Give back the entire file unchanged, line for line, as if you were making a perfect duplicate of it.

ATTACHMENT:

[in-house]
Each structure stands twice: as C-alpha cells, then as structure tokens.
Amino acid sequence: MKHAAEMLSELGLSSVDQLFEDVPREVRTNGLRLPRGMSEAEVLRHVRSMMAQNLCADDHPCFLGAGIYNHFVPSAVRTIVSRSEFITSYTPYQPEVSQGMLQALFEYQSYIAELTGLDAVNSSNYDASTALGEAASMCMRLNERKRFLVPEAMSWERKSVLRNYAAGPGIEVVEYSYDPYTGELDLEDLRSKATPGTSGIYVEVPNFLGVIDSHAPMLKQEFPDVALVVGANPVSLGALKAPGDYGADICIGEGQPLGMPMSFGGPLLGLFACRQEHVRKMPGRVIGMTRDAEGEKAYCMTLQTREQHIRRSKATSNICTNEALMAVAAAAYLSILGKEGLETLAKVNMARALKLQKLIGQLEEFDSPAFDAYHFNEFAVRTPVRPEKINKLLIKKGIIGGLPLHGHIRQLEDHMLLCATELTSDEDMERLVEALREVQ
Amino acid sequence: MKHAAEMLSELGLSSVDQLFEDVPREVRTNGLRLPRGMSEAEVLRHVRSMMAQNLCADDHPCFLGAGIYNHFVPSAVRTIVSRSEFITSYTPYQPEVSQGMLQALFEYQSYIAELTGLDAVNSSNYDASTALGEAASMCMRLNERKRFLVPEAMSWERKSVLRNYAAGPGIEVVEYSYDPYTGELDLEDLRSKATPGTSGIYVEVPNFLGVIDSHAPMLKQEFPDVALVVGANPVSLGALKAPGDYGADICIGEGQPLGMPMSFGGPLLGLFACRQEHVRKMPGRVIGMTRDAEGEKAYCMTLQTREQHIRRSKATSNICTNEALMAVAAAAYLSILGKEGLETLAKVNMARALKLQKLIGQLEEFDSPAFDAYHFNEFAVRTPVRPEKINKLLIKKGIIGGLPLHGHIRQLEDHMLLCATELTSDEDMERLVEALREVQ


[in-house]
Each structure stands twice: as C-alpha cells, then as structure tokens.
Amino acid sequence: MKHAAEMLSELGLSSVDQLFEDVPREVRTNGLRLPRGMSEAEVLRHVRSMMAQNLCADDHPCFLGAGIYNHFVPSAVRTIVSRSEFITSYTPYQPEVSQGMLQALFEYQSYIAELTGLDAVNSSNYDASTALGEAASMCMRLNERKRFLVPEAMSWERKSVLRNYAAGPGIEVVEYSYDPYTGELDLEDLRSKATPGTSGIYVEVPNFLGVIDSHAPMLKQEFPDVALVVGANPVSLGALKAPGDYGADICIGEGQPLGMPMSFGGPLLGLFACRQEHVRKMPGRVIGMTRDAEGEKAYCMTLQTREQHIRRSKATSNICTNEALMAVAAAAYLSILGKEGLETLAKVNMARALKLQKLIGQLEEFDSPAFDAYHFNEFAVRTPVRPEKINKLLIKKGIIGGLPLHGHIRQLEDHMLLCATELTSDEDMERLVEALREVQ
Amino acid sequence: MKHAAEMLSELGLSSVDQLFEDVPREVRTNGLRLPRGMSEAEVLRHVRSMMAQNLCADDHPCFLGAGIYNHFVPSAVRTIVSRSEFITSYTPYQPEVSQGMLQALFEYQSYIAELTGLDAVNSSNYDASTALGEAASMCMRLNERKRFLVPEAMSWERKSVLRNYAAGPGIEVVEYSYDPYTGELDLEDLRSKATPGTSGIYVEVPNFLGVIDSHAPMLKQEFPDVALVVGANPVSLGALKAPGDYGADICIGEGQPLGMPMSFGGPLLGLFACRQEHVRKMPGRVIGMTRDAEGEKAYCMTLQTREQHIRRSKATSNICTNEALMAVAAAAYLSILGKEGLETLAKVNMARALKLQKLIGQLEEFDSPAFDAYHFNEFAVRTPVRPEKINKLLIKKGIIGGLPLHGHIRQLEDHMLLCATELTSDEDMERLVEALREVQ